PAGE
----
Aug 1: Uneven, rapid tyre wear

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What Car? Staff
11 August 2010

Aug 1: Uneven, rapid tyre wear

Name Adam Currie
Car Alfa Romeo Brera
Problem Uneven, rapid tyre wear

A few months ago, we wrote about the problems Zoe Trower was having with her Alfa Romeo Brera. She found that her tyres were wearing rapidly and unevenly, with the inside of the front tyres going bald long before the outside section was close to the legal limit.

Zoe is definitely not alone. Adam Currie read the story and got in touch to tell us that his Brera had been similarly affected. He sent us a picture of one of the front tyres he'd just had replaced after nearly 10,000 miles on the car.

'As you can see, the inside edge has been worn down way past the legal depth, while the outside edge still has 4-5mm left,' says Adam.

Adam is a member of the Alfa Owners' Forum ( He pointed Helpdesk in the direction of a thread on which Brera, 159 and Spider owners complain of similar tyre issues. The thread runs to 718 posts.

'So far Alfa UK has declined to make an official statement on policy, instead leaving it to individual customers to complain, with differing results, to their Alfa dealership,' says Adam.

• Have the alignment of your car's suspension checked for any possible problems.
• Call Alfa Romeo's customer relations department on 00800 2532 0000.
• Go online and you will find many others who have had a similar experience and have advice to share.
We took up the case with Alfa Romeo. If so many owners were experiencing the same problem, was there a fault with the geometry on these models? At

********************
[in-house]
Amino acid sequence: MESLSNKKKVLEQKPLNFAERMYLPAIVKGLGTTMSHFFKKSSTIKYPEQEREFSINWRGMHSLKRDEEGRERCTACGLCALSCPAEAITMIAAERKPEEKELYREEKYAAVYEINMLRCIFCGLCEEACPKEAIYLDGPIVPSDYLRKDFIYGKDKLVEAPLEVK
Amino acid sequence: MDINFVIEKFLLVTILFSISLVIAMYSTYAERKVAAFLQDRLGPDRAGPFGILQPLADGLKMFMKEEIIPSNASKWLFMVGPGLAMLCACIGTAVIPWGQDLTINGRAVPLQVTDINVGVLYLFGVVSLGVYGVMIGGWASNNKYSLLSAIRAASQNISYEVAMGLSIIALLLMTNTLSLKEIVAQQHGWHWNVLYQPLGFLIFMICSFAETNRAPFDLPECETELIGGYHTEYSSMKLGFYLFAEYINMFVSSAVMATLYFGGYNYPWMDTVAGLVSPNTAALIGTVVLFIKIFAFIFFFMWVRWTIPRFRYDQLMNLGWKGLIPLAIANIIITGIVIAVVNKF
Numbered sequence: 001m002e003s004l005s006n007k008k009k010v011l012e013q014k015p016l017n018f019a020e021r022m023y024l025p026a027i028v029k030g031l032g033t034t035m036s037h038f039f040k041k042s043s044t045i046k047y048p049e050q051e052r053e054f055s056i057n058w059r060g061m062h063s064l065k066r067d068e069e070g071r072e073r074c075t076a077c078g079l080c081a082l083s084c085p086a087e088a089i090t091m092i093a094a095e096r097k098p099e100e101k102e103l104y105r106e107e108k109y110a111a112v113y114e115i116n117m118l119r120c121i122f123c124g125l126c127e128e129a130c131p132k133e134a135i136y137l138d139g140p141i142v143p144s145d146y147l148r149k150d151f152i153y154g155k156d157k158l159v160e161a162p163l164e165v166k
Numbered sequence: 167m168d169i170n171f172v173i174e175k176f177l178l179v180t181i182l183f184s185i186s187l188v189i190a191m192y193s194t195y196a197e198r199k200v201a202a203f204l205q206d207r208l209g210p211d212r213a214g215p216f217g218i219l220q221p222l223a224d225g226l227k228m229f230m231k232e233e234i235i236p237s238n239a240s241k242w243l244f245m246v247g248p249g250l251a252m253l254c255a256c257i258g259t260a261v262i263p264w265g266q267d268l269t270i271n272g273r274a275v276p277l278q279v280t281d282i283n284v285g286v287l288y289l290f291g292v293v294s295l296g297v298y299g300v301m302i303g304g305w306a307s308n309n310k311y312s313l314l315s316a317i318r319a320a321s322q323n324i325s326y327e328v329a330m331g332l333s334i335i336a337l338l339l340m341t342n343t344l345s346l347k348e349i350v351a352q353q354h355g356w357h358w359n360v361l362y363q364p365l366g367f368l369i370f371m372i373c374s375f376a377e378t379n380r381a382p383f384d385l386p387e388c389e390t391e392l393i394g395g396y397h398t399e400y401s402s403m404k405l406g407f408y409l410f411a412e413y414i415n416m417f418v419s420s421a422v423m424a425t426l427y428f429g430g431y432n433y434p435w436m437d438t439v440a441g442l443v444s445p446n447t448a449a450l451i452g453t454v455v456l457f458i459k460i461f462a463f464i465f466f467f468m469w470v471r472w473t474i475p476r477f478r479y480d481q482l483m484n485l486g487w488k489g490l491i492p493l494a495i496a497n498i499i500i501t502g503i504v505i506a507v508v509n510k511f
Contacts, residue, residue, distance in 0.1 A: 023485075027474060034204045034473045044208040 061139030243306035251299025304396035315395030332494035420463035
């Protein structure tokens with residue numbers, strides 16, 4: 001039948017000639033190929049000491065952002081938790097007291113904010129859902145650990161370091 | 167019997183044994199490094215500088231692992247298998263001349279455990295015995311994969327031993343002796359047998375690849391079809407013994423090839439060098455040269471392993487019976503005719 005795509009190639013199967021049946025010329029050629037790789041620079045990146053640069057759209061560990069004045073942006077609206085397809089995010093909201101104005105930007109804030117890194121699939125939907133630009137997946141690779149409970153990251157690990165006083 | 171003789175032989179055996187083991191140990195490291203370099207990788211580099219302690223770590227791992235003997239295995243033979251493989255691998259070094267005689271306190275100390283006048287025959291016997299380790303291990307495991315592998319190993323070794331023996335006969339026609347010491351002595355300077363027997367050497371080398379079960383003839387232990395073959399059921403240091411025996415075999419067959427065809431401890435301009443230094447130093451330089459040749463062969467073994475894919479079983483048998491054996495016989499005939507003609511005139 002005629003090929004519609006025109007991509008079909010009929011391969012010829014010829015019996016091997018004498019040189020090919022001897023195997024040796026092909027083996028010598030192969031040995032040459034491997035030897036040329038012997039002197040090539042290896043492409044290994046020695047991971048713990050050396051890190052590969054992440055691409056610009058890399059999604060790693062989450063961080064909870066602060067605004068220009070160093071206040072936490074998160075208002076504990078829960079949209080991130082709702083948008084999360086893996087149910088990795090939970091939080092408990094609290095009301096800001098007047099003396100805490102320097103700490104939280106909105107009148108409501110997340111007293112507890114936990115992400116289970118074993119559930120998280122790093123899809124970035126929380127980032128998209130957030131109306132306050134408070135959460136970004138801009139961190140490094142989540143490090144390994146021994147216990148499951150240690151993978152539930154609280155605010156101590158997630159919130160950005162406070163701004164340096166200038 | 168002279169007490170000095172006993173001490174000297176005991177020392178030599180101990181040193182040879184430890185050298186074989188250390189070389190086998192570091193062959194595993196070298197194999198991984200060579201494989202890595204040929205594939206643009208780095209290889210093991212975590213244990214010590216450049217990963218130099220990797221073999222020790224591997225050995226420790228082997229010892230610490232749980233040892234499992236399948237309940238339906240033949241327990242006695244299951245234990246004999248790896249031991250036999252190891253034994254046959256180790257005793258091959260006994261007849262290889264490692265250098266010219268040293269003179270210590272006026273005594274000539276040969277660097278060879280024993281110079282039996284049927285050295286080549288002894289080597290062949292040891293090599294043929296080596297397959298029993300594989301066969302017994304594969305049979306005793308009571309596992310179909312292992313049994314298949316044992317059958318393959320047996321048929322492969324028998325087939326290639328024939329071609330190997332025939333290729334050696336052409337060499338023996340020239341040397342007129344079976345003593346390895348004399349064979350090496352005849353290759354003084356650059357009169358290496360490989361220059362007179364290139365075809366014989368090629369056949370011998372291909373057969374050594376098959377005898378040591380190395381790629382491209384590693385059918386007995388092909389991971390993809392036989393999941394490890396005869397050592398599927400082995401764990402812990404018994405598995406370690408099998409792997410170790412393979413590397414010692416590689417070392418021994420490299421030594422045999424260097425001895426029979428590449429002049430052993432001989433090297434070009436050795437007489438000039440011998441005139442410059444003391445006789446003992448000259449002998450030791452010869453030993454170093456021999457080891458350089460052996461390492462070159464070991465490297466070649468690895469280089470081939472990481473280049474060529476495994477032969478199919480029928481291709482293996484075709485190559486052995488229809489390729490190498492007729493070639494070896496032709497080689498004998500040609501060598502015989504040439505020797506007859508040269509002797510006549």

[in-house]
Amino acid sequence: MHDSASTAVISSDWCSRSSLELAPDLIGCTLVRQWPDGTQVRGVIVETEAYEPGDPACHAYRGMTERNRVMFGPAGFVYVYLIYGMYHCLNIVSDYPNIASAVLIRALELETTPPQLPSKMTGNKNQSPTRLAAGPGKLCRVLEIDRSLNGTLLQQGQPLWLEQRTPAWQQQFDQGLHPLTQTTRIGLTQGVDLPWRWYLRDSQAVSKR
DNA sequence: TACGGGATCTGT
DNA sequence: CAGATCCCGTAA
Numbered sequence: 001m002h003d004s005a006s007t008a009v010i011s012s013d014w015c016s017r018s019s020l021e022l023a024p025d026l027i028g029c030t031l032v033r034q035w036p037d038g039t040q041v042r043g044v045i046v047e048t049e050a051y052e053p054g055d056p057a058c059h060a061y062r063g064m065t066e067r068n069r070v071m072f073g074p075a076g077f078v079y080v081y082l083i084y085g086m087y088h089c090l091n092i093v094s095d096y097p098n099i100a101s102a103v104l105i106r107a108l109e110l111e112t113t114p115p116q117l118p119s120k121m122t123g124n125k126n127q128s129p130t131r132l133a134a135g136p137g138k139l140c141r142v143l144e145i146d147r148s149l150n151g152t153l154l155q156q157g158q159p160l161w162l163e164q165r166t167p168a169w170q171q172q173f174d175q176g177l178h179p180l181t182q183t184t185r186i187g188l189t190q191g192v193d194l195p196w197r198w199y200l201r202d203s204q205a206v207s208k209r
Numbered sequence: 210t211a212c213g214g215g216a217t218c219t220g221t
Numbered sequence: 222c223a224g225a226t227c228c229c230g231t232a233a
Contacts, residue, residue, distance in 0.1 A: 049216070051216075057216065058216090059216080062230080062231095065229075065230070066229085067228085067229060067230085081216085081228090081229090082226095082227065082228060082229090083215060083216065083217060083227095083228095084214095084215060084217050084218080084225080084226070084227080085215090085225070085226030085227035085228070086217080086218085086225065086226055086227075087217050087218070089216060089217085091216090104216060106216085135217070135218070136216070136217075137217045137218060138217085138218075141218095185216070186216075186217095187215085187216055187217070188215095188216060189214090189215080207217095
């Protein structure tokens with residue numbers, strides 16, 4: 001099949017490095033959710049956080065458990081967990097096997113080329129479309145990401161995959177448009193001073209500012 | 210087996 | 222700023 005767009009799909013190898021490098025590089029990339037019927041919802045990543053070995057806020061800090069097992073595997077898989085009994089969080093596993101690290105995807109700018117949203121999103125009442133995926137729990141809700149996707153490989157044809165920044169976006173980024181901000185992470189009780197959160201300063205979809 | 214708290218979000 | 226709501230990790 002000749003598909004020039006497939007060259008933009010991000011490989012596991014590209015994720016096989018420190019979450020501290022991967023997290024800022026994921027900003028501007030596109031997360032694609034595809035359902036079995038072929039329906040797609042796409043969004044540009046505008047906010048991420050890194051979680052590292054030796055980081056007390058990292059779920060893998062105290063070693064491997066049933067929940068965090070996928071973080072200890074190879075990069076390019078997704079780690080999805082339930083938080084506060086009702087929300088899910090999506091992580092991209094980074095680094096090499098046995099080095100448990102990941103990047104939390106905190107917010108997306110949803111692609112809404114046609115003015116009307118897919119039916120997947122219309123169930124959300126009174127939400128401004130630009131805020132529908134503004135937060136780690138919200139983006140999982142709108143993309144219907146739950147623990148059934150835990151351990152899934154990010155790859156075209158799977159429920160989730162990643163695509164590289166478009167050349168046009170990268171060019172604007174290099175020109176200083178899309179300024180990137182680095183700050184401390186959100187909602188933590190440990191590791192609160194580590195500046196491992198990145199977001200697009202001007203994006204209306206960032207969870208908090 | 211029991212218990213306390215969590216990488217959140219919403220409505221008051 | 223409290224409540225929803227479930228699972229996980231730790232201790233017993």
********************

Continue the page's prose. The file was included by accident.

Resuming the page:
the very least, did it not suggest the suspension was prone to being knocked out of alignment?

Having looked into the number of cases raised by Alfa Brera, Spider and 159 customers in relation to issues with uneven/rapid tyre wear, we are aware that during 2009 the level of customer contact on this subject represented approximately only 1.1% of owners of these vehicles since they were introduced into the UK,' Alfa told us. We don't believe the cars' suspension geometry is awry.

There are a number of factors outside of the design parameters that also affect tyre wear. Correct wheel geometry settings and tyre inflation pressures are very important, as are the influences of driving style and type of usage (motorway, country lanes, around town etc). These influences will not only change the rate of wear, but also the wear pattern across the tread.'

We're disappointed Alfa won't accept there's a fundamental problem. Instead, it has promised to look at each case individually.